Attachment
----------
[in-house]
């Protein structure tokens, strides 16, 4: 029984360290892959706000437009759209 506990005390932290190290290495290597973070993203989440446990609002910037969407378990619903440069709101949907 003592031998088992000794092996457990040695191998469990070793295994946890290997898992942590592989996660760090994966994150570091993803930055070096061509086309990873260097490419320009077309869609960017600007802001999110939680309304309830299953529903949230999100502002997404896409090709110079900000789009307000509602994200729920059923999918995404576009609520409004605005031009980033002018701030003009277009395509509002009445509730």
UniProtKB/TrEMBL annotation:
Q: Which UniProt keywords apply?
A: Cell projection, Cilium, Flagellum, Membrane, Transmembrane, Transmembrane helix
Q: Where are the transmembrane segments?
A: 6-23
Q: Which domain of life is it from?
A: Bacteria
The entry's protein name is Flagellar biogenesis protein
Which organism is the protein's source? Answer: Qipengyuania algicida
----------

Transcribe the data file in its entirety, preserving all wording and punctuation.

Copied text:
[in-house]
């Protein structure tokens, strides 16, 4: 029984360290892959706000437009759209 506990005390932290190290290495290597973070993203989440446990609002910037969407378990619903440069709101949907 003592031998088992000794092996457990040695191998469990070793295994946890290997898992942590592989996660760090994966994150570091993803930055070096061509086309990873260097490419320009077309869609960017600007802001999110939680309304309830299953529903949230999100502002997404896409090709110079900000789009307000509602994200729920059923999918995404576009609520409004605005031009980033002018701030003009277009395509509002009445509730």
UniProtKB/TrEMBL annotation:
Q: Which UniProt keywords apply?
A: Cell projection, Cilium, Flagellum, Membrane, Transmembrane, Transmembrane helix
Q: Where are the transmembrane segments?
A: 6-23
Q: Which domain of life is it from?
A: Bacteria
The entry's protein name is Flagellar biogenesis protein
Which organism is the protein's source? Answer: Qipengyuania algicida